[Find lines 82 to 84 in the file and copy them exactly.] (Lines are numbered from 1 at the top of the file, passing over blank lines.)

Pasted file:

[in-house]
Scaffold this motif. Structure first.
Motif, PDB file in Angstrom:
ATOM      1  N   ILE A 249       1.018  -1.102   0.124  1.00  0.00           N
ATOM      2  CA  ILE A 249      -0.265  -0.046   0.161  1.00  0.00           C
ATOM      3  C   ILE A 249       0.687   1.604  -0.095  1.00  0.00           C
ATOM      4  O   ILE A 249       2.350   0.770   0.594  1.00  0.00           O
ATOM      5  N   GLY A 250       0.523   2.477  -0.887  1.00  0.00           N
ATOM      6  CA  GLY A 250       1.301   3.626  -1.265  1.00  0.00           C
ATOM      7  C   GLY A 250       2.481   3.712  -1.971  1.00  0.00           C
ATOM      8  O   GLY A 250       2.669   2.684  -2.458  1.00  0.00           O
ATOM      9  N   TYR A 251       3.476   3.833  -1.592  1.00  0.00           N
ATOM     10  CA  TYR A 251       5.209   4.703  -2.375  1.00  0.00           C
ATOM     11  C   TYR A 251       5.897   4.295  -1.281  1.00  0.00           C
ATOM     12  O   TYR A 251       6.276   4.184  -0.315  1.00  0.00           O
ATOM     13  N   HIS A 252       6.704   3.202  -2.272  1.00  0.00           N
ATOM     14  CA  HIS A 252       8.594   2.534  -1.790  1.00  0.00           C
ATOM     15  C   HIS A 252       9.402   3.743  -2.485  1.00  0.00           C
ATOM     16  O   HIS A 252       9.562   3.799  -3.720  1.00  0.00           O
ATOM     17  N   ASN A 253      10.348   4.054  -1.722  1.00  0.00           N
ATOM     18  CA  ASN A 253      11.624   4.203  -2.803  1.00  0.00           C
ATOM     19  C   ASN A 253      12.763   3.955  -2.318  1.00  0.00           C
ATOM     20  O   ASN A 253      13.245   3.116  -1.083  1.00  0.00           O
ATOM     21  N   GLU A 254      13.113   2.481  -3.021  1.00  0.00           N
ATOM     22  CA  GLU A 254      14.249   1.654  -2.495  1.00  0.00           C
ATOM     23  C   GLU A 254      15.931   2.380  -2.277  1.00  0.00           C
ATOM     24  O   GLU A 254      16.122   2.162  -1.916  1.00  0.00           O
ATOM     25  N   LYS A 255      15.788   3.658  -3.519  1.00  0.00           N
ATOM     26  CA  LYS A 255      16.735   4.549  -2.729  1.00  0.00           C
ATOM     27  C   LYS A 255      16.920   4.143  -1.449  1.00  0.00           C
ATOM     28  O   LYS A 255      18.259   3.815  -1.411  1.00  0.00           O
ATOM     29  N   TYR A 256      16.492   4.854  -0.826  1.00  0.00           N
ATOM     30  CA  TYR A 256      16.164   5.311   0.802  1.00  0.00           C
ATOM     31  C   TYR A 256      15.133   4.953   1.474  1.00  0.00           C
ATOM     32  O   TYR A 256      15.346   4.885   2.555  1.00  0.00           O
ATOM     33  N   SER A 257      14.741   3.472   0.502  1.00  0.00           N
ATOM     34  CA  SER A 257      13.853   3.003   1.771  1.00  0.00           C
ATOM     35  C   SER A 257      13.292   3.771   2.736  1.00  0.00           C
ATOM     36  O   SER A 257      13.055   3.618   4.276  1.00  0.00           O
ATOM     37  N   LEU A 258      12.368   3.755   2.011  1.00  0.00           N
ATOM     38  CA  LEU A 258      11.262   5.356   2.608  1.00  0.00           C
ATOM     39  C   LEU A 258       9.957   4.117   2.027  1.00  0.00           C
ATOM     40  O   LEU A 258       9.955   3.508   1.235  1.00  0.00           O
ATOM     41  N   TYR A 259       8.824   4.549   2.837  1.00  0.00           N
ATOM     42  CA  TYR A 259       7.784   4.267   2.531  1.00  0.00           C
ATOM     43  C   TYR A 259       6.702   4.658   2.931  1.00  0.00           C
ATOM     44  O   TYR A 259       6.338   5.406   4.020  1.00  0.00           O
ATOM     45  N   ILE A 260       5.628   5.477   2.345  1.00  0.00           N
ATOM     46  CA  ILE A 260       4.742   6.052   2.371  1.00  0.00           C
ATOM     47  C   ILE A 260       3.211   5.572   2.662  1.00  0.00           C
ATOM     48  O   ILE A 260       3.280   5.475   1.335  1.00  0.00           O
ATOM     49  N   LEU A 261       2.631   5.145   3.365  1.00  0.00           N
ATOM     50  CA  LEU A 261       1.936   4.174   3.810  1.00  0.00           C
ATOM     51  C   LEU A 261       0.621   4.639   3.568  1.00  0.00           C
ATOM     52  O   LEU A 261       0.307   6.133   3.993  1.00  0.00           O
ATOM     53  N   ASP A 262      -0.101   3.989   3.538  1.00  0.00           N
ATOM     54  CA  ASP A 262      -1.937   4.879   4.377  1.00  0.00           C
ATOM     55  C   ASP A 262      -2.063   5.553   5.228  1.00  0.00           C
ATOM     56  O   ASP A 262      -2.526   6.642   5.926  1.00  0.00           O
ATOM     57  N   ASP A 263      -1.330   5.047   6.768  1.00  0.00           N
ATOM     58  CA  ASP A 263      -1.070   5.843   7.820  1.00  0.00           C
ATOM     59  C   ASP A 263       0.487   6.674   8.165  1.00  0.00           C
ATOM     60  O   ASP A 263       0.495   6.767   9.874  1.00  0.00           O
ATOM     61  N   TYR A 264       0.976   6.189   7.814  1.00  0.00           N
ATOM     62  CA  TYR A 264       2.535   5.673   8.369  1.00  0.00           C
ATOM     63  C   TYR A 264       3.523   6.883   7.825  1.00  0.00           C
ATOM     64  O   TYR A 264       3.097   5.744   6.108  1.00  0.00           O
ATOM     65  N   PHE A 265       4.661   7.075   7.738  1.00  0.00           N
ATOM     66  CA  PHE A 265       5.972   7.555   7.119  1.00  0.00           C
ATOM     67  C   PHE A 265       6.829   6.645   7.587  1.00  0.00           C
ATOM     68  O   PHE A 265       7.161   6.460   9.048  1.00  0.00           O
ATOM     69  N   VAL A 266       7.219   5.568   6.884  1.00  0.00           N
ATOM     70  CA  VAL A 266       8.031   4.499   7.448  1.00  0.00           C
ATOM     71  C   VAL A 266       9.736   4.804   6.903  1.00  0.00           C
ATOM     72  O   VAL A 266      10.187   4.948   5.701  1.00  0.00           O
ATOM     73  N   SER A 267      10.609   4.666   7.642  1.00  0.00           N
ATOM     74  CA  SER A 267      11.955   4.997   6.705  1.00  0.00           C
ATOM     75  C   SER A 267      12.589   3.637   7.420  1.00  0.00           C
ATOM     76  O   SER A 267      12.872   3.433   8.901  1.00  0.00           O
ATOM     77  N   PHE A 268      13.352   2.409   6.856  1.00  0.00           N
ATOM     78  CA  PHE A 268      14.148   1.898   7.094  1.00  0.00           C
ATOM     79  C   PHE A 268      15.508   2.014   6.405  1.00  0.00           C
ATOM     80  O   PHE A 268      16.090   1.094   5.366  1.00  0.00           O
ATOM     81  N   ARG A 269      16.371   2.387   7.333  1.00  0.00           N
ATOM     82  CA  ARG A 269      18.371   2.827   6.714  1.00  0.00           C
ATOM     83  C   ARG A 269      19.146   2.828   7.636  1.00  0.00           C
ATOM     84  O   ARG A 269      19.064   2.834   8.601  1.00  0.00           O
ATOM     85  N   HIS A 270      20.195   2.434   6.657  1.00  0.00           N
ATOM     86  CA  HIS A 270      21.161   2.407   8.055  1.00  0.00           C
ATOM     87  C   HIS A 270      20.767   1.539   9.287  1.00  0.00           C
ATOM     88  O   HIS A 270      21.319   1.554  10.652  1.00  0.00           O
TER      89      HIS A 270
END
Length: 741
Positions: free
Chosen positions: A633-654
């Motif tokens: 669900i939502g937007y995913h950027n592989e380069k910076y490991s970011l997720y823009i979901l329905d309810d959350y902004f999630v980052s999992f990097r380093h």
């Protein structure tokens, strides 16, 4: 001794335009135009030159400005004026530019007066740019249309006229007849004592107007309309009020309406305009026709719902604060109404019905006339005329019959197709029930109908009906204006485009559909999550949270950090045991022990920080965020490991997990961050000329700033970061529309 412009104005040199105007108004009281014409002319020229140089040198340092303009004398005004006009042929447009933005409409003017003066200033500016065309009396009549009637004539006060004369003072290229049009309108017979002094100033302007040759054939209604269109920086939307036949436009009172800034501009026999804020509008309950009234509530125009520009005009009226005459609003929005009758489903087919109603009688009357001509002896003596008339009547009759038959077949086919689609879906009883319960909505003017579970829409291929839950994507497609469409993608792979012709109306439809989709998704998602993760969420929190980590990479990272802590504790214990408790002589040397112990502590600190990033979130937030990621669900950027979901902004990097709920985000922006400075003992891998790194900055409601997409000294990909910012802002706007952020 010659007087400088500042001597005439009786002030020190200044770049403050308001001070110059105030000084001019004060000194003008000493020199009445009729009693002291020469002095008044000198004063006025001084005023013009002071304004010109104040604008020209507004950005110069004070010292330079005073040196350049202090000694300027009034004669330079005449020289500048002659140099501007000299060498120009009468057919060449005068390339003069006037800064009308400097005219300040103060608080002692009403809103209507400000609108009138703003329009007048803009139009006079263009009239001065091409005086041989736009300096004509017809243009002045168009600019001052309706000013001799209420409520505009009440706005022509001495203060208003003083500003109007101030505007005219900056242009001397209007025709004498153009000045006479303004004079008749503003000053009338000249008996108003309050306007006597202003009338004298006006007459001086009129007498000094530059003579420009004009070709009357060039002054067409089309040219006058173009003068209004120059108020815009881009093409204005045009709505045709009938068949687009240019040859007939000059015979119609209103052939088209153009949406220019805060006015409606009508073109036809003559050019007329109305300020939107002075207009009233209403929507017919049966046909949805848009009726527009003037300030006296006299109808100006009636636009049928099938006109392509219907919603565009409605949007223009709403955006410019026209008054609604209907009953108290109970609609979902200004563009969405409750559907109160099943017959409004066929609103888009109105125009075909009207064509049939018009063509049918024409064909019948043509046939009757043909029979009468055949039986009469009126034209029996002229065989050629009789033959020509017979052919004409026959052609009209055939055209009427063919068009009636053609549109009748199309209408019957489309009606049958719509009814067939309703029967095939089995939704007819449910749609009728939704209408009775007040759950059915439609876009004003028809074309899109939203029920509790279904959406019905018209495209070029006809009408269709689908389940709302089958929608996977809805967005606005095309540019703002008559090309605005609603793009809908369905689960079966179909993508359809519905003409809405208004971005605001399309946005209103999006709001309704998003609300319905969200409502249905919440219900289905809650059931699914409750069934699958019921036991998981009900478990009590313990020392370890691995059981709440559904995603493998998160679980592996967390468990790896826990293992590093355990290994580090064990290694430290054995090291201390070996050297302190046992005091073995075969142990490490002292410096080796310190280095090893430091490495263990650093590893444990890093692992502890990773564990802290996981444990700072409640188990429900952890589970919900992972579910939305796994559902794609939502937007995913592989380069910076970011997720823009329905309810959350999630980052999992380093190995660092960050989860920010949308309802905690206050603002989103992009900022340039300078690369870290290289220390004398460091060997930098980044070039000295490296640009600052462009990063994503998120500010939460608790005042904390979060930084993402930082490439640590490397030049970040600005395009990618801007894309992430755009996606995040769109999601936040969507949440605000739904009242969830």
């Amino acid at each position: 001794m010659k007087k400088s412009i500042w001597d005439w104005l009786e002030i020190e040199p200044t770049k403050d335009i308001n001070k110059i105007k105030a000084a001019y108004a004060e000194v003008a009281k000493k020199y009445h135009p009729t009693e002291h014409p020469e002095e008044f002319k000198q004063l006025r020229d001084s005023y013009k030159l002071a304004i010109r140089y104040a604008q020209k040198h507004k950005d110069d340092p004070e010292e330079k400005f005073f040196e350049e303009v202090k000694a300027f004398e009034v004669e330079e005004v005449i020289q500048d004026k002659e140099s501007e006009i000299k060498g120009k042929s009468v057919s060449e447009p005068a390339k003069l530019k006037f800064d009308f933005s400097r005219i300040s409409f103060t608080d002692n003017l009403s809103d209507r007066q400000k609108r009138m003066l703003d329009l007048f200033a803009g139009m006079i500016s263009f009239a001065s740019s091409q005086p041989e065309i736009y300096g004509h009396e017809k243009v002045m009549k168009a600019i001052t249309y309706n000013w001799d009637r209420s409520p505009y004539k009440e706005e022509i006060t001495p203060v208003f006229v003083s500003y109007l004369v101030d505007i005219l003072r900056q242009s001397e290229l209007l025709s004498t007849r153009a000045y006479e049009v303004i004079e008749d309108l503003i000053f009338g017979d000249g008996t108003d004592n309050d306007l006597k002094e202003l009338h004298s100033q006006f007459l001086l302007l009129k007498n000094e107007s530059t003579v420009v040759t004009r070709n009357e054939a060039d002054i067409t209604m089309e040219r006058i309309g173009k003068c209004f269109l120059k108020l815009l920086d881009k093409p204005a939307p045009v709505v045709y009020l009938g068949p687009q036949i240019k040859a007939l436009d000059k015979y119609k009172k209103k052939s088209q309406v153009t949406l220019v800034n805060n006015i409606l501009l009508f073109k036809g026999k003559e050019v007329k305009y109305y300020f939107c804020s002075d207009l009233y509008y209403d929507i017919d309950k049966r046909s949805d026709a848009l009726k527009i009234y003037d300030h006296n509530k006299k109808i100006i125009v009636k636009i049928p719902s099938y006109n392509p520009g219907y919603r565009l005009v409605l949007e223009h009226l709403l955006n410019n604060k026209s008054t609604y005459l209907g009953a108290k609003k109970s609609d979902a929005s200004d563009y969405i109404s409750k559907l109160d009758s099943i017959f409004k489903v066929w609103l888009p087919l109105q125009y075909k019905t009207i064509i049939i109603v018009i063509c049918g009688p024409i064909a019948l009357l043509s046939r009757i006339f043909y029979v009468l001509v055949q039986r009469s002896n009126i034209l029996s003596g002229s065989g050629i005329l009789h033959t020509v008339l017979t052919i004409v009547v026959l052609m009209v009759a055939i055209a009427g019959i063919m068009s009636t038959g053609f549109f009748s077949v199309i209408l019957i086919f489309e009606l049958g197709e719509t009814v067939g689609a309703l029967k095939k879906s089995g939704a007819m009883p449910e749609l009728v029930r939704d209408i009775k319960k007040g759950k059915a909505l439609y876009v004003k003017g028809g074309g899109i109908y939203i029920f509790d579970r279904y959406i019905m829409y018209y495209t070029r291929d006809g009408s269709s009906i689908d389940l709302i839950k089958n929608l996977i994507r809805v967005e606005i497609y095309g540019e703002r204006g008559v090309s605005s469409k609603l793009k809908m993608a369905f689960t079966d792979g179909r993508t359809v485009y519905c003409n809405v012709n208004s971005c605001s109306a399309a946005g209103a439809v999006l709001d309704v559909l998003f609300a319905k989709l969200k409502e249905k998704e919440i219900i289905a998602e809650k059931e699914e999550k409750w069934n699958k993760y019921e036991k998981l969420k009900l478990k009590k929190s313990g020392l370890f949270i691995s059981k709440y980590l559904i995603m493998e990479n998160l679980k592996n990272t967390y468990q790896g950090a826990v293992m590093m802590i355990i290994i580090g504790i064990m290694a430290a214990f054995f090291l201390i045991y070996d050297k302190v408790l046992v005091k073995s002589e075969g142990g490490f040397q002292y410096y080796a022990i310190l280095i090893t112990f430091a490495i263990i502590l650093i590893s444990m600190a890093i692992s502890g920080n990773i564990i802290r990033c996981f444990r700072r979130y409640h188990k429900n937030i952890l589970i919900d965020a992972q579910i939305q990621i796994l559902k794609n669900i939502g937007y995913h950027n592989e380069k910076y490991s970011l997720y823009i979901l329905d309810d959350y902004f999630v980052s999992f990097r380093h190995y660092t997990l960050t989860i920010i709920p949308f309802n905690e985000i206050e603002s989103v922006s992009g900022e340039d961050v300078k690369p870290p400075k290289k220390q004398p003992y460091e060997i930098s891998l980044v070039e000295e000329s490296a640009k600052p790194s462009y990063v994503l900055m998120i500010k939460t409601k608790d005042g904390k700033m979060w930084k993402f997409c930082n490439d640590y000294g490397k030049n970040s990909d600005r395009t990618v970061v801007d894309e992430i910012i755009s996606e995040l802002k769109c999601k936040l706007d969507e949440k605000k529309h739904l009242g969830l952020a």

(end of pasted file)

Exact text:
ATOM     79  C   PHE A 268      15.508   2.014   6.405  1.00  0.00           C
ATOM     80  O   PHE A 268      16.090   1.094   5.366  1.00  0.00           O
ATOM     81  N   ARG A 269      16.371   2.387   7.333  1.00  0.00           N